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Legal Look: The timing of the lawsuit against the Chiefs

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Eric Macramalla, TSN Legal Analyst
12/3/2013 3:20:06 PM
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Five former Kansas City Chiefs players are suing the team claiming the team concealed the long-term neurological impact of repeated headshots.

The plaintiffs in the action are Leonard Griffin, Chris Martin and his wife, Joe Phillips, Alexander Louis Cooper and Kevin Porter. The players are alleging they suffer from chronic traumatic encephalopathy, or CTE, as a result of their days in the National Football League.

This same allegation was made in the NFL's concussion lawsuits. In all, there were over 220 lawsuits involving 4,500 former retired NFL players. This new lawsuit, however, is different than the NFL concussion lawsuits in that the plaintiffs are targeting the team and not the NFL.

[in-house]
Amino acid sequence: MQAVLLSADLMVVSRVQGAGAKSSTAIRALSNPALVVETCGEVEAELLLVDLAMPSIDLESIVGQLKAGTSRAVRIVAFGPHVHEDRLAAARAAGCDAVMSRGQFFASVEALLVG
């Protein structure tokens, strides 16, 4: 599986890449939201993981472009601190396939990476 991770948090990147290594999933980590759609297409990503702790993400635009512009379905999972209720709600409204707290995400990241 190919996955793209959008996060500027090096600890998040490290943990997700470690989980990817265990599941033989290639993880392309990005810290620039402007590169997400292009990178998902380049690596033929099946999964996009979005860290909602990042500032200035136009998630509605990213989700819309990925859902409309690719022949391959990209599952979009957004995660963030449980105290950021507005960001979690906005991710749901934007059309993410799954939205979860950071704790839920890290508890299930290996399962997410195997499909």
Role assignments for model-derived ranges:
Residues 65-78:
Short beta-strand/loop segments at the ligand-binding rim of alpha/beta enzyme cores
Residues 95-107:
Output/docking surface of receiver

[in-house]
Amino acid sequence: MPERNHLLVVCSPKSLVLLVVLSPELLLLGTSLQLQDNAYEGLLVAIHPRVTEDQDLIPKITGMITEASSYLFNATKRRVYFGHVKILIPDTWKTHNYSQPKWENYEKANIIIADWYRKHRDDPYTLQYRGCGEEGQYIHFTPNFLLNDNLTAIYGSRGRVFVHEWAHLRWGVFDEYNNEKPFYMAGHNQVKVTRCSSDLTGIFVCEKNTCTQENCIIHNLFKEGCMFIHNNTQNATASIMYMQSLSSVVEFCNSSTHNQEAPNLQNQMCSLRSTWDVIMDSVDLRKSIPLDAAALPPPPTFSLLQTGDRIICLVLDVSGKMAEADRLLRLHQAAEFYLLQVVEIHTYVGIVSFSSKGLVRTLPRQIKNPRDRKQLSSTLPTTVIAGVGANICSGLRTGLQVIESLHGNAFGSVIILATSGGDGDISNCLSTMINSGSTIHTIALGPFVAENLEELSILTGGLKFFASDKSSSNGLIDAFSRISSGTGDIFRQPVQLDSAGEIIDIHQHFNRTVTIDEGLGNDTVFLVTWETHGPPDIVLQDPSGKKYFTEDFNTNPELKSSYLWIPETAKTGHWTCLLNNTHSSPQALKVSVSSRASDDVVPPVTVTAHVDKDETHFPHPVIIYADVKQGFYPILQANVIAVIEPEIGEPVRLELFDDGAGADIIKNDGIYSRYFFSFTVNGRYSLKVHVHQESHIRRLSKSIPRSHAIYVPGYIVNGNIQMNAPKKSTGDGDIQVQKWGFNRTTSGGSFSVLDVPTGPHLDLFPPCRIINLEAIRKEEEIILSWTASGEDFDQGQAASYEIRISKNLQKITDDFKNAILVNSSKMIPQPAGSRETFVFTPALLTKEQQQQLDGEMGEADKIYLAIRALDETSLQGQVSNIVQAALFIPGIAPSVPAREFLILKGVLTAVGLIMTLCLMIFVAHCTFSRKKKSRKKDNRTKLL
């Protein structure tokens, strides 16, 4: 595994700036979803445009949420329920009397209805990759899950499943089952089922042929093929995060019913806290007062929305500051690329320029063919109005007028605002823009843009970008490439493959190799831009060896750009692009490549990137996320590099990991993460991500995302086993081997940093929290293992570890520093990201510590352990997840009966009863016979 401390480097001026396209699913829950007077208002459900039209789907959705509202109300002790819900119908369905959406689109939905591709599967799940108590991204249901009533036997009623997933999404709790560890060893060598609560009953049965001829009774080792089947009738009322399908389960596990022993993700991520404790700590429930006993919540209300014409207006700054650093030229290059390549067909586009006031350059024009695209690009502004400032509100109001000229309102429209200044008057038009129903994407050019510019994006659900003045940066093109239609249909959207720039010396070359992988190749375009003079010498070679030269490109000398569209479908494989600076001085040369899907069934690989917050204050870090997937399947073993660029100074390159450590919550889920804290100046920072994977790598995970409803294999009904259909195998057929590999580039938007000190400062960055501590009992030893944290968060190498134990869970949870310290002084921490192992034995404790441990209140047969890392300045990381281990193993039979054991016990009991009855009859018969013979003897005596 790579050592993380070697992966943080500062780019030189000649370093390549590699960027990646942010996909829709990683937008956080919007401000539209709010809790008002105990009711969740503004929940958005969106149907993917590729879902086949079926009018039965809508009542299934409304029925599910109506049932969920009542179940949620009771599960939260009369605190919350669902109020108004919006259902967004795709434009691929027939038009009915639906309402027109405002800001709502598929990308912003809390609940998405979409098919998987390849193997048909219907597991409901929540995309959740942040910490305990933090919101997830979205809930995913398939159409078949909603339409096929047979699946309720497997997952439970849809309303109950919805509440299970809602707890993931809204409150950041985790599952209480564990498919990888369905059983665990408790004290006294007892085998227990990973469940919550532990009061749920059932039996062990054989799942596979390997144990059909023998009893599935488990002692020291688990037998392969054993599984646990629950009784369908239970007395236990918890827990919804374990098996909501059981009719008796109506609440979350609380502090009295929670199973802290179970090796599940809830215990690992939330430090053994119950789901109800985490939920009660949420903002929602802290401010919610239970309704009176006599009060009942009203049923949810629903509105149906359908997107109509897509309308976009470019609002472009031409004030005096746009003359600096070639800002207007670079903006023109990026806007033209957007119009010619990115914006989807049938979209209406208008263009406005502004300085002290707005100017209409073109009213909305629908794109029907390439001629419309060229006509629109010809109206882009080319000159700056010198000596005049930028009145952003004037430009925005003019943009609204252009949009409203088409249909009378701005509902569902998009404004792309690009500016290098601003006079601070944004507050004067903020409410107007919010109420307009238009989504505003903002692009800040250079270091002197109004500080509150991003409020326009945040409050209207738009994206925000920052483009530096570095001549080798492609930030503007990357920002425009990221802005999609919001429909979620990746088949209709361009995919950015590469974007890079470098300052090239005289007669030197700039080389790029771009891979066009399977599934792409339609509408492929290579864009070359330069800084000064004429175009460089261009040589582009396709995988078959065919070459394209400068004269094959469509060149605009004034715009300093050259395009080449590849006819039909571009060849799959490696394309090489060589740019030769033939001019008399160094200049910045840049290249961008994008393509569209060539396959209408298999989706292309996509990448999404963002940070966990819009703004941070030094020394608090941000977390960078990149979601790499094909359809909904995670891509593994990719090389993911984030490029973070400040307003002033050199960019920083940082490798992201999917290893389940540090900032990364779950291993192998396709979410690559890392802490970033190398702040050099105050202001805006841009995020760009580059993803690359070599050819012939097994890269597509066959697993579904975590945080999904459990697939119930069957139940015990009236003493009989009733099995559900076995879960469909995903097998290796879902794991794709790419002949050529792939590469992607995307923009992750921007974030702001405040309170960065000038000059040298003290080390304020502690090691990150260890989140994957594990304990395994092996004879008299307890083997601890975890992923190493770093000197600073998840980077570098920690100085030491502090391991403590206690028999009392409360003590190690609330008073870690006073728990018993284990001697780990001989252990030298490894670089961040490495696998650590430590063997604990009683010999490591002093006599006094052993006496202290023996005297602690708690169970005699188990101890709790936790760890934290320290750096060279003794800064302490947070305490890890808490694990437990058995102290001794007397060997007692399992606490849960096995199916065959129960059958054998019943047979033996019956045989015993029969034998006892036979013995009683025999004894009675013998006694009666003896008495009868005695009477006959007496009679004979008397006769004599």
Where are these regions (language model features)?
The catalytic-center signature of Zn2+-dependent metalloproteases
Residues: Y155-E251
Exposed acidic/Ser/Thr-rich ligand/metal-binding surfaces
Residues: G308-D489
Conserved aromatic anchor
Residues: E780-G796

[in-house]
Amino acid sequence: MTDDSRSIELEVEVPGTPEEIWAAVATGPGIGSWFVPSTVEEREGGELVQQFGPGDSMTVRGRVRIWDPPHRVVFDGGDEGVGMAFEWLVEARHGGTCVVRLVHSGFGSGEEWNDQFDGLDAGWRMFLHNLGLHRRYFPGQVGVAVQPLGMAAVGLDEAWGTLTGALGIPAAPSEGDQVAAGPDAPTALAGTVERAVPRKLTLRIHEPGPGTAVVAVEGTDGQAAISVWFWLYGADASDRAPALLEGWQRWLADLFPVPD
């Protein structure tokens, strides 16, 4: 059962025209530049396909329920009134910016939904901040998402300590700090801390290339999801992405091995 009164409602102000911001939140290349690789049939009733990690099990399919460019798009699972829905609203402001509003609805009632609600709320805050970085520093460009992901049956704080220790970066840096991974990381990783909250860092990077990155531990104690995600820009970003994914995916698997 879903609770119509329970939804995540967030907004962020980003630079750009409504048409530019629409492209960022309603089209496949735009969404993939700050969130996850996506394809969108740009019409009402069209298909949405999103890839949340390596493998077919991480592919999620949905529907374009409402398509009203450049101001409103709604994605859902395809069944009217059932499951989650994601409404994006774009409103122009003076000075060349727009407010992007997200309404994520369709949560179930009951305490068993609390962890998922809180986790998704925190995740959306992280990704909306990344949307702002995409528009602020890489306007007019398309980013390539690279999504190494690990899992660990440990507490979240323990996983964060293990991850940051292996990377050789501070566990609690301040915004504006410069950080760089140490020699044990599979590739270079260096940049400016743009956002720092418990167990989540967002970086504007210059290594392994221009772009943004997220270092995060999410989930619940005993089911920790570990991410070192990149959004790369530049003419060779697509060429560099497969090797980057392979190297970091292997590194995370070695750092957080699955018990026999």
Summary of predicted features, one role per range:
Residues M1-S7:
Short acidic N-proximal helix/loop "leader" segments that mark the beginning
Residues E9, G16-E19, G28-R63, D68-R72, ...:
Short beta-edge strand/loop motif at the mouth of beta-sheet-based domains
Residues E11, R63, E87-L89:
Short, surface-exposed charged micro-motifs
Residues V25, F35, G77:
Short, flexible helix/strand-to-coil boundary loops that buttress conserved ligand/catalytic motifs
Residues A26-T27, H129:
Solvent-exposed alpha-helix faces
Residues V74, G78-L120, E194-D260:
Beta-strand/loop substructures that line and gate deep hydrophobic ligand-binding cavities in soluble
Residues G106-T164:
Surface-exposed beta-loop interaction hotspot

There are two reasons for the timing of the lawsuit.

First, these players played between 1987 and 1993. During that time, there was no collective bargaining agreement in place. This is important since the CBA provides that issues of player health and safety go to arbitration and court. That's why the NFL went to court to try and get the players lawsuits punted and sent to arbitration (the court never had a chance to rule on that request since settlement was announced).

So in this case, since there was no CBA in place when the players were playing, they can head to court without the CBA saying they have to go to arbitration.

There's also a local Missouri law that allows employees (or players) to sue employers (or teams) if the employees are declined workman's compensation. That legislation expires at the end of this year so the players may have decided now or never.

One more point. The big NFL concussion lawsuits haven't formally settled.

You may remember that the negotiated settlement was for $765 million and would bind every retired NFL player the day the deal is approved by the Court (that's about 18,000 players).

Settlement was indeed announced; however, the Court still has to approve the settlement proposal. As well, a player may opt out of the settlement and file his own lawsuit. So it's premature to declare that the case is done.

Still much ground to cover.

Football (Photo: Bill Frakes/Sports Illustrated/Getty Images)

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(Photo: Bill Frakes/Sports Illustrated/Getty Images)
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